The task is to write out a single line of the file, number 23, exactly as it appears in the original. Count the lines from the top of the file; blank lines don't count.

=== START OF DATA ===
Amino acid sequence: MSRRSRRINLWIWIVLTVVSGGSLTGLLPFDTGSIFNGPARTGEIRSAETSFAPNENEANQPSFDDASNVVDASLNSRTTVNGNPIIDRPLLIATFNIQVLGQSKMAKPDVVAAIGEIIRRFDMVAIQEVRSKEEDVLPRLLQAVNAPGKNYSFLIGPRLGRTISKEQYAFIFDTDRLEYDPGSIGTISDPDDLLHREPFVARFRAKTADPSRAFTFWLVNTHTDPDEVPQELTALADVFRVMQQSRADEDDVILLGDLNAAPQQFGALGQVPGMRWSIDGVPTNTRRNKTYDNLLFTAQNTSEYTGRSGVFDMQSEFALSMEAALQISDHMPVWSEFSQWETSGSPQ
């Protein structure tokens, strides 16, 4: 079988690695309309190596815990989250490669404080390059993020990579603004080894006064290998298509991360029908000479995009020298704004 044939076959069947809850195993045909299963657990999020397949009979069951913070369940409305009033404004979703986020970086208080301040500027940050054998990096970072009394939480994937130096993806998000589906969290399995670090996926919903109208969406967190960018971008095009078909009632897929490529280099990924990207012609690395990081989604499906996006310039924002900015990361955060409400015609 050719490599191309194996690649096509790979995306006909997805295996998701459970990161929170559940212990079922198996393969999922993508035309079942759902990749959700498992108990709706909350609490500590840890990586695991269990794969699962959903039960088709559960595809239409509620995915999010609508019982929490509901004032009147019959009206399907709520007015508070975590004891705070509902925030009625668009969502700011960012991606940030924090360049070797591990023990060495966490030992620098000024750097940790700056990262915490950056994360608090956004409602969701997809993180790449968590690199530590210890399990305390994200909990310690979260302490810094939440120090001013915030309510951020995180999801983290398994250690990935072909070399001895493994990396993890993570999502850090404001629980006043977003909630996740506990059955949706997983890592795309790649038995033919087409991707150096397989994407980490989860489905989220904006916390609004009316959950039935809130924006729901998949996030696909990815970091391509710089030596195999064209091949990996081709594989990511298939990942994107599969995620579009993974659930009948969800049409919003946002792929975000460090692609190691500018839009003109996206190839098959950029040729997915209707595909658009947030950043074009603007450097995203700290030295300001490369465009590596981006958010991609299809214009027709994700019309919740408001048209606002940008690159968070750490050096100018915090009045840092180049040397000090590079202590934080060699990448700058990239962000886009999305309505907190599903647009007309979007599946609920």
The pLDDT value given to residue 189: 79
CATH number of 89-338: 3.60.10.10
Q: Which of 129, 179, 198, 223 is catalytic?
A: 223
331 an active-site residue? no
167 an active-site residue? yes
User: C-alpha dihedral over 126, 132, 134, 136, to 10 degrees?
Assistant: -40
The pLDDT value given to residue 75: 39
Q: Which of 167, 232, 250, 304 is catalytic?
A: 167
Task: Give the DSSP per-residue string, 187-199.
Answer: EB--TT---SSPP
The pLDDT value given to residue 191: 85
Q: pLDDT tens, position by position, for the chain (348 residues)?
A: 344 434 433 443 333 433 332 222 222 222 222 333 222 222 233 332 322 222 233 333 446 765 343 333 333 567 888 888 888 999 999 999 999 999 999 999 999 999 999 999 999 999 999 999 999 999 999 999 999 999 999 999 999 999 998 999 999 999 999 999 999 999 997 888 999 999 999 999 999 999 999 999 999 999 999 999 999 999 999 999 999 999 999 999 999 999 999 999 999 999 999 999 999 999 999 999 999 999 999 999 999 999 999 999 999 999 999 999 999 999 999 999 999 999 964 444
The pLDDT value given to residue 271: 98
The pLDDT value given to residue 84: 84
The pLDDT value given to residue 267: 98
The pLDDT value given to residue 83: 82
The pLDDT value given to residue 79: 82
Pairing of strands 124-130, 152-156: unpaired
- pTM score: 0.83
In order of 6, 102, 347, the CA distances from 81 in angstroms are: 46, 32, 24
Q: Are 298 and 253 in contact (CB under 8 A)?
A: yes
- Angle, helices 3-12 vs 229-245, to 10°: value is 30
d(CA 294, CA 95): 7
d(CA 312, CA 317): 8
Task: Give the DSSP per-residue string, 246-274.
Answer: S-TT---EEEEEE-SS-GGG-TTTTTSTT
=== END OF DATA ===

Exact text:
The pLDDT value given to residue 79: 82